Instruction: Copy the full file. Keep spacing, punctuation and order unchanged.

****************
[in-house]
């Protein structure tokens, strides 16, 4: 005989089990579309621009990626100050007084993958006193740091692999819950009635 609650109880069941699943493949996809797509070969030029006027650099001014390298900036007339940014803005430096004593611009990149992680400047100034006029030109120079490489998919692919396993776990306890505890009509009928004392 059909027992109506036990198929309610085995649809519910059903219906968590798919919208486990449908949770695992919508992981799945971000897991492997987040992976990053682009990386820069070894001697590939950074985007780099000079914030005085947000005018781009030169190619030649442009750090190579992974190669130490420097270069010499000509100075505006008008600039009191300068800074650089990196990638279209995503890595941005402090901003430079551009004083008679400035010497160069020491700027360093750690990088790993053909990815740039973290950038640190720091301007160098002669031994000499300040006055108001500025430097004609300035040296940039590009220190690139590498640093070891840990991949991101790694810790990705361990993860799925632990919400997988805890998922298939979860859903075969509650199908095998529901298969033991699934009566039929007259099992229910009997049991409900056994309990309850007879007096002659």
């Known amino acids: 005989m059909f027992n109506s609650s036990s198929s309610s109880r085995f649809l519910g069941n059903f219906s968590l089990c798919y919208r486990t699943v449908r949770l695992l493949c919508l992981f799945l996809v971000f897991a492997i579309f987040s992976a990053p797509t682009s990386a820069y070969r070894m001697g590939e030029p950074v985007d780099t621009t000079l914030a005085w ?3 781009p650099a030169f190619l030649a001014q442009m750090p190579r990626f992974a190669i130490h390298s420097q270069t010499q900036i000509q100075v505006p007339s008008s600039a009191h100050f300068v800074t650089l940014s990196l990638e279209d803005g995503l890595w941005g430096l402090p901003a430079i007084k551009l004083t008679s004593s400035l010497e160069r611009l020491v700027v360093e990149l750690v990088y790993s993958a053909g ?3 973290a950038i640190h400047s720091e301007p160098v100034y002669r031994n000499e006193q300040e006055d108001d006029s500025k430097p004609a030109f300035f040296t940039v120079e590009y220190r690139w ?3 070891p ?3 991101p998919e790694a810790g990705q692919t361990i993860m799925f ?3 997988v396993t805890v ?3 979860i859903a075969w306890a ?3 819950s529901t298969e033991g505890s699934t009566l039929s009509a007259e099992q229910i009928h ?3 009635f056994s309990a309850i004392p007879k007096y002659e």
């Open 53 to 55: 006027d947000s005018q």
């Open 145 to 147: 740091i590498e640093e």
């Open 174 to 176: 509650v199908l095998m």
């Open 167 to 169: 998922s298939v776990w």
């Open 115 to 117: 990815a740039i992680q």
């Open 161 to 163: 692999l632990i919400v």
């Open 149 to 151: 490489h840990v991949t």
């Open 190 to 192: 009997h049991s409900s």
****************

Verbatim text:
[in-house]
């Protein structure tokens, strides 16, 4: 005989089990579309621009990626100050007084993958006193740091692999819950009635 609650109880069941699943493949996809797509070969030029006027650099001014390298900036007339940014803005430096004593611009990149992680400047100034006029030109120079490489998919692919396993776990306890505890009509009928004392 059909027992109506036990198929309610085995649809519910059903219906968590798919919208486990449908949770695992919508992981799945971000897991492997987040992976990053682009990386820069070894001697590939950074985007780099000079914030005085947000005018781009030169190619030649442009750090190579992974190669130490420097270069010499000509100075505006008008600039009191300068800074650089990196990638279209995503890595941005402090901003430079551009004083008679400035010497160069020491700027360093750690990088790993053909990815740039973290950038640190720091301007160098002669031994000499300040006055108001500025430097004609300035040296940039590009220190690139590498640093070891840990991949991101790694810790990705361990993860799925632990919400997988805890998922298939979860859903075969509650199908095998529901298969033991699934009566039929007259099992229910009997049991409900056994309990309850007879007096002659």
């Known amino acids: 005989m059909f027992n109506s609650s036990s198929s309610s109880r085995f649809l519910g069941n059903f219906s968590l089990c798919y919208r486990t699943v449908r949770l695992l493949c919508l992981f799945l996809v971000f897991a492997i579309f987040s992976a990053p797509t682009s990386a820069y070969r070894m001697g590939e030029p950074v985007d780099t621009t000079l914030a005085w ?3 781009p650099a030169f190619l030649a001014q442009m750090p190579r990626f992974a190669i130490h390298s420097q270069t010499q900036i000509q100075v505006p007339s008008s600039a009191h100050f300068v800074t650089l940014s990196l990638e279209d803005g995503l890595w941005g430096l402090p901003a430079i007084k551009l004083t008679s004593s400035l010497e160069r611009l020491v700027v360093e990149l750690v990088y790993s993958a053909g ?3 973290a950038i640190h400047s720091e301007p160098v100034y002669r031994n000499e006193q300040e006055d108001d006029s500025k430097p004609a030109f300035f040296t940039v120079e590009y220190r690139w ?3 070891p ?3 991101p998919e790694a810790g990705q692919t361990i993860m799925f ?3 997988v396993t805890v ?3 979860i859903a075969w306890a ?3 819950s529901t298969e033991g505890s699934t009566l039929s009509a007259e099992q229910i009928h ?3 009635f056994s309990a309850i004392p007879k007096y002659e």
């Open 53 to 55: 006027d947000s005018q």
């Open 145 to 147: 740091i590498e640093e």
């Open 174 to 176: 509650v199908l095998m």
């Open 167 to 169: 998922s298939v776990w």
């Open 115 to 117: 990815a740039i992680q």
């Open 161 to 163: 692999l632990i919400v």
């Open 149 to 151: 490489h840990v991949t």
């Open 190 to 192: 009997h049991s409900s």